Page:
“No majority can ever abolish the feeling of the diversity of minorities from one’s conscience. The mental figure of the ghetto survives invincible. The negro can only get out of there if he adopts the visual angle and the mentality of the majority. He must deny himself, and pretend that his experience is a normal experience, that is to say, majoritarian”. These words by Pasolini expose what “integration” ends up being, even at its best. It is the key issue at the center of the worldwide successful theatrical text Disgraced, Pulitzer Prize 2013, written by Ayad Akhtar, an American writer of Pakistani origin. Disgraced was staged in the 2017/2018 theatrical season in Turin and Munich, directed by the award-winning Martin Kušej. Both text and staging try to intercept racism and discrimination of all kinds from the point where they affect us all in the form of anxiety of adaptation/inclusion and power to exclude. If these problems affect us all, certainly not in the sense of the ‘human universal’, a point of view that both Akthar and Kušej avoid carefully. We are all perhaps on the same boat, but who drives it, who runs the engine, whoever is safe and who ends up at sea, are mostly well distinguishable and not interchangeable. The difference is that if you are 'included' there is still some possibility of living a whole life without having to notice it. In the event that you are part of a group temporarily at risk of exclusion, as in this moment the immigrants from poorer countries, like the Muslims mentioned in the text, the meeting or clash with this reality, and therefore a real updated knowledge, is an almost inevitable experience.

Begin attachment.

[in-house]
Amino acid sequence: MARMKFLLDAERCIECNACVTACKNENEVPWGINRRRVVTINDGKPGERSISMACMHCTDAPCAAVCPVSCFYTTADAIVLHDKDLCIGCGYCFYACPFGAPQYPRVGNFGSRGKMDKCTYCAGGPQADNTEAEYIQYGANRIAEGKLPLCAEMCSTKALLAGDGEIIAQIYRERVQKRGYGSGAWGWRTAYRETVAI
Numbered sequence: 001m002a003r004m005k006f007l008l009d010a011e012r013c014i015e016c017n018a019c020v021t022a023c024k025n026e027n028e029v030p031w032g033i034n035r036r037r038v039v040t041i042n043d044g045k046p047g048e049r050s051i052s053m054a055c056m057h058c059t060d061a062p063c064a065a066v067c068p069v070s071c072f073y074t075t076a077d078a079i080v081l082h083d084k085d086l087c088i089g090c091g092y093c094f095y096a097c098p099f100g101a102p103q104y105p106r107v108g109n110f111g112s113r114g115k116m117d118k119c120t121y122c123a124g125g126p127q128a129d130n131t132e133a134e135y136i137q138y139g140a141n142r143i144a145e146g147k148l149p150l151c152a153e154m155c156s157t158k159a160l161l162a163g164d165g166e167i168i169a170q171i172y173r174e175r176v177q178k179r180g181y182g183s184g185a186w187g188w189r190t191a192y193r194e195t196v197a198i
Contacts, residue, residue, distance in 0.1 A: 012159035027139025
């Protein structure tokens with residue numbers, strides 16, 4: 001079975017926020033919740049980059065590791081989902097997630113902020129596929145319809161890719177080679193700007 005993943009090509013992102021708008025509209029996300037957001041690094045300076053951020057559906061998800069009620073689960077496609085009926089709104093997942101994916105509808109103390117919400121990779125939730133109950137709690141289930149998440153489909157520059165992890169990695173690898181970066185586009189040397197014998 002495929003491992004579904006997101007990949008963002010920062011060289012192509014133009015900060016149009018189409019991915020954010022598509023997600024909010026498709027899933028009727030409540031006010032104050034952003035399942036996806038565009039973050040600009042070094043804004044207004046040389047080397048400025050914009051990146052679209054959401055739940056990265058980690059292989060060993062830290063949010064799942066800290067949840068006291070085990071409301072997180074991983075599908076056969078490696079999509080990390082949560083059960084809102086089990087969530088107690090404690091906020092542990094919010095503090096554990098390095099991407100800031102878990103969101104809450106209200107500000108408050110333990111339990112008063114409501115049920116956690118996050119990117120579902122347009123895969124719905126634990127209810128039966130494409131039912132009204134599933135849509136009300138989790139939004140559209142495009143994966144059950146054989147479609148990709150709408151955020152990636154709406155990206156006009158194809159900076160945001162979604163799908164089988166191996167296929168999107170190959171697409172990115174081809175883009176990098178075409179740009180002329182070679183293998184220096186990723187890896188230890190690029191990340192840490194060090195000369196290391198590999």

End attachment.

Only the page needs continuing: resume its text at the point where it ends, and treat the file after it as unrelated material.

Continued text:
This article is available in ITA.